Following up, if there are going to be places where women can have abortions performed regardless of the U.S. funding then there is no reason for laying the deaths of 70,000 women (although I find that number suspect) at the feet of the U.S. funding order as A Hermit is trying to do right?

Third, it is not denying them the information. They can simply choose to go to the other clinic. And it is not denying them freedom of consciience. It is a simple decision not to fund a practice that many find abhorrent. Consider this scenario: it becomes the rage in other countries to allow women who find it psychologically stressful to care for their children to take them to a local child-killing facility where children up to five can be killed. Is it wrong for the U.S. government to say that we won't send money to an organization that provides these services?

To withhold funding for services that are objectionable isn't a freedom of conscience thing -- its a "what should we, as a civilized country, allow our tax dollars to support" kind of thing. So, with all due respect, it is the argument that you are making that I find to be extremely unenlightened.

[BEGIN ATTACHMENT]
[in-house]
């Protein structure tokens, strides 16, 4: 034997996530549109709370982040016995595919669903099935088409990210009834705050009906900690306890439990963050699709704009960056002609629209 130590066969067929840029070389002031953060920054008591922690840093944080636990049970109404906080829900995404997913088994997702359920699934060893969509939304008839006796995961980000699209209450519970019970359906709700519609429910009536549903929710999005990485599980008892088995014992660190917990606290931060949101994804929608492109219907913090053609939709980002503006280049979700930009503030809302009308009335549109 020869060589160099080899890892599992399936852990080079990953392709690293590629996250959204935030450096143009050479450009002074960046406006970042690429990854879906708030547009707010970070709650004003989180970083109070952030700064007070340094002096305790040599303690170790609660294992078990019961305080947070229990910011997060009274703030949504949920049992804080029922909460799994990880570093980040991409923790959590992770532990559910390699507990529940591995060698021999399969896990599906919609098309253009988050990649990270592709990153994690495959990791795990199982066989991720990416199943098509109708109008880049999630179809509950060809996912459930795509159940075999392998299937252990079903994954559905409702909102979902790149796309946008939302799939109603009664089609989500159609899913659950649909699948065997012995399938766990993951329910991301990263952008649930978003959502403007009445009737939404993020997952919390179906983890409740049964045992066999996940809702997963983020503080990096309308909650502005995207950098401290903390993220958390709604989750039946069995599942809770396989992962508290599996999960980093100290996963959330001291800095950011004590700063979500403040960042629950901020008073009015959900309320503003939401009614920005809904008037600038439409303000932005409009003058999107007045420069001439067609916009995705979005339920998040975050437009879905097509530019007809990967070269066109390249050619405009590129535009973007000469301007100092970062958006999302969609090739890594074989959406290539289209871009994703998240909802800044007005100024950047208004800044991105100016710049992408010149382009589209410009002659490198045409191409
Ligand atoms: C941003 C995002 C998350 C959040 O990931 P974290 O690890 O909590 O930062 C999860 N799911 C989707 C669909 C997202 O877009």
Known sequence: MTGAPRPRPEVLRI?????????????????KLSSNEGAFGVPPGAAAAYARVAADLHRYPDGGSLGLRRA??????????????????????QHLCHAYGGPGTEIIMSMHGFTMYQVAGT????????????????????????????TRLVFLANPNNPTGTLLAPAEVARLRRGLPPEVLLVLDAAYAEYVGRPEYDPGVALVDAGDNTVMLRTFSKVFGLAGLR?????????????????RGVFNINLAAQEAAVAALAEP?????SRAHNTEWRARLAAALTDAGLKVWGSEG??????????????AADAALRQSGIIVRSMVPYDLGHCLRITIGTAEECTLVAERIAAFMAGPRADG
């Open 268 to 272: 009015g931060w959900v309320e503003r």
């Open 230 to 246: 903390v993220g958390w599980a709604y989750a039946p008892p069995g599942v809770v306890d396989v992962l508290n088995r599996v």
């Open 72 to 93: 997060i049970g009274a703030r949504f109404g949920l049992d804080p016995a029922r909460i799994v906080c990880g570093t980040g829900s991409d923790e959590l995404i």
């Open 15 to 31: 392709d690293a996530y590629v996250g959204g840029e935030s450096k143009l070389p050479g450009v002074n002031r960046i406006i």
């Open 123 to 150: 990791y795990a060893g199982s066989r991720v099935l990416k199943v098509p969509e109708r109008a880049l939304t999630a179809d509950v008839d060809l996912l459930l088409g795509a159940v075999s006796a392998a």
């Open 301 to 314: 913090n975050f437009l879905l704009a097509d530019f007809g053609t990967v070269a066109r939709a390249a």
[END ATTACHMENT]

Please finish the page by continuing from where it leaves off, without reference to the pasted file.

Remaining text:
BK said...

" Peter,

Can you cite me to a source that shows that both of the statements you make were banned by the former funding order? I don't believe that funding would be withdrawn or not granted to a clinic which said, "there is a clinic that can perform an abortion if you choose to do that." Thus, I think your entire argument is based on an untrue premise."


That in fact is exactly the effect of the "gag rule:

http://www.plusnews.org/Report.aspx?ReportId=36285

One of the unintended effects of the policy was the self-censorship among NGOs that had accepted the gag rule. "For example, Youth Media (a USAID-funded NGO) eliminated a chapter on emergency contraception from a brochure they produced on contraception options. Fear of losing US funds had also prevented Trendsetters, Zambia's only youth newspaper, from writing articles addressing readers' interest in abortion-related topics," the report said.

"This is a larger chilling effect and it is an unfortunate consequence," Turnbull said.

----------------

http://www.pathfind.org/site/PageServer?pagename=Advocacy_Resources_Fact_Sheets_Gag_Rule